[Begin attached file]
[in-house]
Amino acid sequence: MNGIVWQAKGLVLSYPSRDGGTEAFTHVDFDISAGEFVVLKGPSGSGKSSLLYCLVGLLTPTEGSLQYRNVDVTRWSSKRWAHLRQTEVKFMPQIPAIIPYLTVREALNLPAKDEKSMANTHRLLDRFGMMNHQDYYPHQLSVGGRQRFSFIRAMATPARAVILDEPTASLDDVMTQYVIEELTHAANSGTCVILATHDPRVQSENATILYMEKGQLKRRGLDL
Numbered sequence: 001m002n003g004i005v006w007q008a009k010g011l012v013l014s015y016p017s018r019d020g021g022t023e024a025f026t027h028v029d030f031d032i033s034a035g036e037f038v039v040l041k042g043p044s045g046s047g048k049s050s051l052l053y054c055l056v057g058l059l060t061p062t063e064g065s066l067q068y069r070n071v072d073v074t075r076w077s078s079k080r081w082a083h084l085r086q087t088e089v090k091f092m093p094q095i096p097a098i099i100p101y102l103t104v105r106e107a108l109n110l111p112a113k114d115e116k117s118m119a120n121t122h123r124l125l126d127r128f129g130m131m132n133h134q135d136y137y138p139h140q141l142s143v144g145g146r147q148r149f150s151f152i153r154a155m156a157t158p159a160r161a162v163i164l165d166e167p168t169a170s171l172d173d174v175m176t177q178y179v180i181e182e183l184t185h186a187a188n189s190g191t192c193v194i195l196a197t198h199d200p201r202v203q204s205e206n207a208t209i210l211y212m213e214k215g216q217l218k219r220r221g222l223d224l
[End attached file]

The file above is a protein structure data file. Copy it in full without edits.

[in-house]
Amino acid sequence: MNGIVWQAKGLVLSYPSRDGGTEAFTHVDFDISAGEFVVLKGPSGSGKSSLLYCLVGLLTPTEGSLQYRNVDVTRWSSKRWAHLRQTEVKFMPQIPAIIPYLTVREALNLPAKDEKSMANTHRLLDRFGMMNHQDYYPHQLSVGGRQRFSFIRAMATPARAVILDEPTASLDDVMTQYVIEELTHAANSGTCVILATHDPRVQSENATILYMEKGQLKRRGLDL
Numbered sequence: 001m002n003g004i005v006w007q008a009k010g011l012v013l014s015y016p017s018r019d020g021g022t023e024a025f026t027h028v029d030f031d032i033s034a035g036e037f038v039v040l041k042g043p044s045g046s047g048k049s050s051l052l053y054c055l056v057g058l059l060t061p062t063e064g065s066l067q068y069r070n071v072d073v074t075r076w077s078s079k080r081w082a083h084l085r086q087t088e089v090k091f092m093p094q095i096p097a098i099i100p101y102l103t104v105r106e107a108l109n110l111p112a113k114d115e116k117s118m119a120n121t122h123r124l125l126d127r128f129g130m131m132n133h134q135d136y137y138p139h140q141l142s143v144g145g146r147q148r149f150s151f152i153r154a155m156a157t158p159a160r161a162v163i164l165d166e167p168t169a170s171l172d173d174v175m176t177q178y179v180i181e182e183l184t185h186a187a188n189s190g191t192c193v194i195l196a197t198h199d200p201r202v203q204s205e206n207a208t209i210l211y212m213e214k215g216q217l218k219r220r221g222l223d224l